When it comes to being passive or assertive, most people tend to gravitate toward the former. It’s a whole lot easier to step aside and remove yourself from a situation than to jump in and possibly face the consequences of getting involved. Unfortunately, what starts as one or two purposeful choices to avoid conflict can quickly snowball into a lifestyle and personality that is totally consumed by passivity.
By reclaiming your assertiveness and being bold, clear, and decisive in both your work and personal life, you’ll actually see some pretty substantial improvements in your mental health, relationships, and view of the world.
The Benefits of Being Assertive
Being more assertive can literally alter the way you feel about yourself and improve your mental health. Let’s check out a few of the specific benefits:
- Reduces stress. Passive aggressive behavior causes you to bottle up your emotions, which elevates blood pressure and increases your overall stress level. Being assertive, on the other hand, allows you to say your piece and eliminate unnecessary stress from your life.
- Bolsters self-image. Passive people often struggle with thoughts of inadequacy. They wonder why they can’t speak up at the right time and shame weighs heavily on their minds. By being assertive, you’ll actually improve your self-image and start to see yourself in a more confident light.
- Greater satisfaction. When you ditch your passive tendencies and start to speak your mind, you’ll notice that you actually get your way in certain situations. This leads to greater satisfaction in your career and personal life.
It’s not something that gets talked about a lot, but assertiveness and mental health go hand in hand. By honing the skill, you can enjoy a great deal of freedom.
Learning to be More Assertive
There are clearly some benefits to being more assertive in your life, but actually stepping up and doing something is difficult. Having said that, here are some things you can do:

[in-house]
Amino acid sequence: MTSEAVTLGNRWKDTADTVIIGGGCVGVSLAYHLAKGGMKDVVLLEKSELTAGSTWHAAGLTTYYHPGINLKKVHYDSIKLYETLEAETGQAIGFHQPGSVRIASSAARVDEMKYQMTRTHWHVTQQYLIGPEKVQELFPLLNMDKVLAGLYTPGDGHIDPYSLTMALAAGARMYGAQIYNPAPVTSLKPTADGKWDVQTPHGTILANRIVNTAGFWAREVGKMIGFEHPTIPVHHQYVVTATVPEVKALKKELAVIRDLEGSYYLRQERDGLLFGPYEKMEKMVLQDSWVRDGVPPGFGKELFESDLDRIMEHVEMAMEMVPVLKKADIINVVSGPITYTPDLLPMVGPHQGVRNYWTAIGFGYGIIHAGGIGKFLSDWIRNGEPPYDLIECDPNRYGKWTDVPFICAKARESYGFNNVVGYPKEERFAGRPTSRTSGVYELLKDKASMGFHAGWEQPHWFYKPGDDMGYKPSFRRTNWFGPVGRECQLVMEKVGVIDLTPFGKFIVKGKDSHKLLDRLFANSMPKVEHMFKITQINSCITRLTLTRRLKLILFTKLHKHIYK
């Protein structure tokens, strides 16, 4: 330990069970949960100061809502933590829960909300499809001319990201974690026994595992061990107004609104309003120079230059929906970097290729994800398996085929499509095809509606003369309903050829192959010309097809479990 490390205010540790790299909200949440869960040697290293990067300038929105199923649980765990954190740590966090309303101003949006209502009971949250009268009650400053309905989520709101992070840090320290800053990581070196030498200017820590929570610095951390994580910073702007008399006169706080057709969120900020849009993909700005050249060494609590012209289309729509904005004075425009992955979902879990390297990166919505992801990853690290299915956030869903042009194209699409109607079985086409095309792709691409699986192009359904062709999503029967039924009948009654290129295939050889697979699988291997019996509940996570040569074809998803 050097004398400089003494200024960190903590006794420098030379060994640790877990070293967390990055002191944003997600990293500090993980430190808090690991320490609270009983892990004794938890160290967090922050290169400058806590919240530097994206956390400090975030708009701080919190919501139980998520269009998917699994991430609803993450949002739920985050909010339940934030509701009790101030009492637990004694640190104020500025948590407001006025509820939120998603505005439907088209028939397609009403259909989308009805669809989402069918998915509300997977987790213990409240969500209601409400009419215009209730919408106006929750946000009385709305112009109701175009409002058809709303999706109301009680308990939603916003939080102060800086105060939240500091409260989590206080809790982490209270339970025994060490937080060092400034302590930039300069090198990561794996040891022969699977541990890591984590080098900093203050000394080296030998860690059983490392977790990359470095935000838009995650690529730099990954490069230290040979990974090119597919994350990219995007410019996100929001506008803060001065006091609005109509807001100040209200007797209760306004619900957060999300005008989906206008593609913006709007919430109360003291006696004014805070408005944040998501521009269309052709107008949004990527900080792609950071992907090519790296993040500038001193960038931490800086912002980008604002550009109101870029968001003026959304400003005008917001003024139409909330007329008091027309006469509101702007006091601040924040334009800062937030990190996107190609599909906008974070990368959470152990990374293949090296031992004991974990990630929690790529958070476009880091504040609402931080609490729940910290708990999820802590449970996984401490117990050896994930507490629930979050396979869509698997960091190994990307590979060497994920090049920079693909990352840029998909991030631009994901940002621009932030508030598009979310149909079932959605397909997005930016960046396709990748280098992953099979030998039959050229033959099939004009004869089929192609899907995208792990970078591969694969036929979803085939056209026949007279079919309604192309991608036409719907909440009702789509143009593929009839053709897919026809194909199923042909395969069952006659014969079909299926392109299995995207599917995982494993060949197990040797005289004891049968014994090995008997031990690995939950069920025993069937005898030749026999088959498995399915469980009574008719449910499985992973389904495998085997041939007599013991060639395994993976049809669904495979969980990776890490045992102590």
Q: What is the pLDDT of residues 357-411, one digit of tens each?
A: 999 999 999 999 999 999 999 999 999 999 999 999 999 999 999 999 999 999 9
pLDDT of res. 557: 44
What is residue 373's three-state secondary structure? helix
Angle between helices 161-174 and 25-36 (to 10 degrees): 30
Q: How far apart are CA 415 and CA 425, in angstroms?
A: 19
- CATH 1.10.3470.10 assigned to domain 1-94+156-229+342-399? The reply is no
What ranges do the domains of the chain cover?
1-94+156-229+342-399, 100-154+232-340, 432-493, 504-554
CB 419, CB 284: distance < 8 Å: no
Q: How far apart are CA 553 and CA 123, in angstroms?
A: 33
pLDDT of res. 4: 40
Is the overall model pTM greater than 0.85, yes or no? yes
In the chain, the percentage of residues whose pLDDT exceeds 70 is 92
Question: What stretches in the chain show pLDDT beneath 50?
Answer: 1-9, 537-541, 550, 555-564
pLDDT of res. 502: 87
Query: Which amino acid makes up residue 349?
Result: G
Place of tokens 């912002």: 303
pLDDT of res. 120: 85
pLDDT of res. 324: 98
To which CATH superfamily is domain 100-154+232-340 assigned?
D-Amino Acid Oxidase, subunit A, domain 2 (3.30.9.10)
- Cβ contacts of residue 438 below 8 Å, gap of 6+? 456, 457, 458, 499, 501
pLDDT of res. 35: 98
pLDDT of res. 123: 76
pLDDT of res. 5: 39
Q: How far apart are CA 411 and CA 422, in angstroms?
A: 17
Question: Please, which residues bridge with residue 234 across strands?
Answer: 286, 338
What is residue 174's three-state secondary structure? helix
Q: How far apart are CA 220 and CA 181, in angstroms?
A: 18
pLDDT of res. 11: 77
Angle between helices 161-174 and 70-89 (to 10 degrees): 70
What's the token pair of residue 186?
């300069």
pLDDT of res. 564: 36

- Keep Listening
Being able to listen a major strength of a passive individual,Green Residential advises. Despite your efforts to become more assertive, don’t let this skill disappear. Combining your assertiveness and listening skills will be valuable for your future relationships.
The key is to find a balance between listening and speaking. It’s always smart to be a good listener, but don’t suppress yourself from speaking up when you have something to say.
- Use “I” Statements
Passive people tend to use words like “we” or “they.” Assertive people command attention and responsibility by using the word “I.”
If you think someone is wrong about something, say, “I think you’re wrong.” If you think someone needs help, say, “I feel like you may need some assistance with that. Let me help you out.” Simple vocabulary changes like these have a way of totally shifting a conversation.
- Learn How to Say No
Passive people tend to be “yes” people. Someone could ask them to do something that they definitely don’t want to do, but they’ll say yes just to please the other individual. As you seek to become more assertive, you need to learn the art of saying no. It’ll feel uncomfortable at first, but you’ll find it extremely liberating.
Step Up and Be Heard
You are a person with worth, dignity, and valid opinions. You deserve to be heard just as much as your spouse, coworker, boss, friend, or classmate. Reject passivity and become the assertive person you were meant to be – it’s the healthy thing to do.